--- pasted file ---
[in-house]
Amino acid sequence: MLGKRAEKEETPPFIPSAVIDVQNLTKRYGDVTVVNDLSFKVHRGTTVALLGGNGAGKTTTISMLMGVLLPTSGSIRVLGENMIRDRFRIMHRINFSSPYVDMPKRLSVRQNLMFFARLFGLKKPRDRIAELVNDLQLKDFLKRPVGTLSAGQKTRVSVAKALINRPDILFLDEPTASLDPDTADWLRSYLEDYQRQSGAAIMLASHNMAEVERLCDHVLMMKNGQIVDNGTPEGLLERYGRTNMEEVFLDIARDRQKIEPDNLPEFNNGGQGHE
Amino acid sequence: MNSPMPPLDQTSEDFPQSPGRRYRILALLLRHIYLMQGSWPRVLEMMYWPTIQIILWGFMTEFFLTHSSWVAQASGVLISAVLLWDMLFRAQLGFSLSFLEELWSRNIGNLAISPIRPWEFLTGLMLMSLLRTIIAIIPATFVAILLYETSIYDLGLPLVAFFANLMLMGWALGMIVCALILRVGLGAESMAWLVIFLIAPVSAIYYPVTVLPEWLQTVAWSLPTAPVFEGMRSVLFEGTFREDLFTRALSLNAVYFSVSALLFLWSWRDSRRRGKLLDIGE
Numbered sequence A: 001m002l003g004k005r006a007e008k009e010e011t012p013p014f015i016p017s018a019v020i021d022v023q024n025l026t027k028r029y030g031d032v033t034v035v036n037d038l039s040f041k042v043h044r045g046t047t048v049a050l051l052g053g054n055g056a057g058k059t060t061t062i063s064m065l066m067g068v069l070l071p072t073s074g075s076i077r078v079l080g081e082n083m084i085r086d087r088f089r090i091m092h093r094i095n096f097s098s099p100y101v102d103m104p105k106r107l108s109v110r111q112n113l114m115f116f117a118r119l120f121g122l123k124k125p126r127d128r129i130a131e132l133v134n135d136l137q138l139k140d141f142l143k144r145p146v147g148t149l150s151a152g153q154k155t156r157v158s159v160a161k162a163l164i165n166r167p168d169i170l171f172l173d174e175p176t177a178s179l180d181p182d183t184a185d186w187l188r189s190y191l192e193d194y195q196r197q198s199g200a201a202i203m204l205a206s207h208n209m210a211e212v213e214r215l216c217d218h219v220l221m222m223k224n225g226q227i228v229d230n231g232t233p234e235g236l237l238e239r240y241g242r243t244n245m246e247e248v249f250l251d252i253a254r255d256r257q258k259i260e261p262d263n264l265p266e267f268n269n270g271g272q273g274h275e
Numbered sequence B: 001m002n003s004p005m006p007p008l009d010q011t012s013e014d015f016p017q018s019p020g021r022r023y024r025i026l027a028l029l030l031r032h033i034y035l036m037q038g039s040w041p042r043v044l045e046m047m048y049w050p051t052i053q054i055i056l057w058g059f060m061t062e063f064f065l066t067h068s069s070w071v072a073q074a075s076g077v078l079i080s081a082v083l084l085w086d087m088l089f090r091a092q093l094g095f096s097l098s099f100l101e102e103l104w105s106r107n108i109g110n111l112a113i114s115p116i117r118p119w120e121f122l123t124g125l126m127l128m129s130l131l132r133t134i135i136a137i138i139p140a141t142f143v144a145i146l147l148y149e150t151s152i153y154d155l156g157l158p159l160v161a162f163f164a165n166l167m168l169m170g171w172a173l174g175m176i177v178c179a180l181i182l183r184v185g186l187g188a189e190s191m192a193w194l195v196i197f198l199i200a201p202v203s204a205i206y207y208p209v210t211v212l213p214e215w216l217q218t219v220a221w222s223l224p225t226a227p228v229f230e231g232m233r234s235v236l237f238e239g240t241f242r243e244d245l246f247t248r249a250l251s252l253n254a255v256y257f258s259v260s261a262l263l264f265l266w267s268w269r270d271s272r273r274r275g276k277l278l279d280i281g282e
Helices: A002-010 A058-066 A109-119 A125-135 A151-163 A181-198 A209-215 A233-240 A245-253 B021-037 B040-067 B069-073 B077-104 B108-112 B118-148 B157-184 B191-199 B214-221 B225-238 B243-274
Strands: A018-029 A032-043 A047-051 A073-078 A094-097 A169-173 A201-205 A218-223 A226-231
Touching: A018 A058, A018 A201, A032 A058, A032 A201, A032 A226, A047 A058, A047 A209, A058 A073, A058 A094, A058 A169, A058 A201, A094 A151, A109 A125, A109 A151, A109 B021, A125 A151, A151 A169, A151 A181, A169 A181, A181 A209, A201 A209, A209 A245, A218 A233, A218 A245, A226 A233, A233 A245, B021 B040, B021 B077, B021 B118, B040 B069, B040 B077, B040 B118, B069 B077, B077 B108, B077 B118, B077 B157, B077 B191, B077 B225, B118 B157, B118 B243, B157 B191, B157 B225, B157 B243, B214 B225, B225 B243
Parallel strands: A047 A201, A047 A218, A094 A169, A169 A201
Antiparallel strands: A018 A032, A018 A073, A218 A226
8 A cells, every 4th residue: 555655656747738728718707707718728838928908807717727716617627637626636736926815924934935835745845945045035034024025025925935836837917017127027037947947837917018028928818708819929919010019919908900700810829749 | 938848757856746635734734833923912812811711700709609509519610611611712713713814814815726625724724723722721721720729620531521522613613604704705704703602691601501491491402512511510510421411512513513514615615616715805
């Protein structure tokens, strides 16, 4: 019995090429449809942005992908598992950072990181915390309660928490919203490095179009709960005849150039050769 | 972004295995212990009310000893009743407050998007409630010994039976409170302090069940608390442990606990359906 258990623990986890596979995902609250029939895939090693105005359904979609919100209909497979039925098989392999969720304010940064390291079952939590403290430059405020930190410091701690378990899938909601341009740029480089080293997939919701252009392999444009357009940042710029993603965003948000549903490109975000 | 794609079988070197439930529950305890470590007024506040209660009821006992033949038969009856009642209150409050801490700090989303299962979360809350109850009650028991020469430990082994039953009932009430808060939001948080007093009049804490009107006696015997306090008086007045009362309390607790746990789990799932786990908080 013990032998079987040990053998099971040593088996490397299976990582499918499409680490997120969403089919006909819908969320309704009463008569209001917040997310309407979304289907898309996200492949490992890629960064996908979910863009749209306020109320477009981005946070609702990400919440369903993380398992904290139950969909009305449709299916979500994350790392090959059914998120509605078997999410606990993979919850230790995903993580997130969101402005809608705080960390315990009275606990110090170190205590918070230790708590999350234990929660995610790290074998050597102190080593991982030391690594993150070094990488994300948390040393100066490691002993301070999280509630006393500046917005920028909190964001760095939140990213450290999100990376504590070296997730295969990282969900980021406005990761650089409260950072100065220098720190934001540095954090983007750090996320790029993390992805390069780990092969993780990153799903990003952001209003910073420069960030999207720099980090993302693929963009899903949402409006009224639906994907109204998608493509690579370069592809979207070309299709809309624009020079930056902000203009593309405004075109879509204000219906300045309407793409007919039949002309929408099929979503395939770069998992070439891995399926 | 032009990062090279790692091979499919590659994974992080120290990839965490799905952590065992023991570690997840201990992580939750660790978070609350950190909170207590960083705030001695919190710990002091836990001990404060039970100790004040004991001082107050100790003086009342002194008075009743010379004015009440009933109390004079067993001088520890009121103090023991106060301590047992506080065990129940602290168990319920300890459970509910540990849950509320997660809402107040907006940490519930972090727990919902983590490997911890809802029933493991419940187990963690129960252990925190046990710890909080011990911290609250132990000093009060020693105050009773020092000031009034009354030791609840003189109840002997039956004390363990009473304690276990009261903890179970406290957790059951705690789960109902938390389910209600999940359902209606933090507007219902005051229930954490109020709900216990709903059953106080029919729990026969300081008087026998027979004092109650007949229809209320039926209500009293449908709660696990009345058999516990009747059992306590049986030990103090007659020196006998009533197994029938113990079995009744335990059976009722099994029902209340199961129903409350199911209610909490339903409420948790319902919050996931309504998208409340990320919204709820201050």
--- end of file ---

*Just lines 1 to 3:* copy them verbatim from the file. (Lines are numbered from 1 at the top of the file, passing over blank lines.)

[in-house]
Amino acid sequence: MLGKRAEKEETPPFIPSAVIDVQNLTKRYGDVTVVNDLSFKVHRGTTVALLGGNGAGKTTTISMLMGVLLPTSGSIRVLGENMIRDRFRIMHRINFSSPYVDMPKRLSVRQNLMFFARLFGLKKPRDRIAELVNDLQLKDFLKRPVGTLSAGQKTRVSVAKALINRPDILFLDEPTASLDPDTADWLRSYLEDYQRQSGAAIMLASHNMAEVERLCDHVLMMKNGQIVDNGTPEGLLERYGRTNMEEVFLDIARDRQKIEPDNLPEFNNGGQGHE
Amino acid sequence: MNSPMPPLDQTSEDFPQSPGRRYRILALLLRHIYLMQGSWPRVLEMMYWPTIQIILWGFMTEFFLTHSSWVAQASGVLISAVLLWDMLFRAQLGFSLSFLEELWSRNIGNLAISPIRPWEFLTGLMLMSLLRTIIAIIPATFVAILLYETSIYDLGLPLVAFFANLMLMGWALGMIVCALILRVGLGAESMAWLVIFLIAPVSAIYYPVTVLPEWLQTVAWSLPTAPVFEGMRSVLFEGTFREDLFTRALSLNAVYFSVSALLFLWSWRDSRRRGKLLDIGE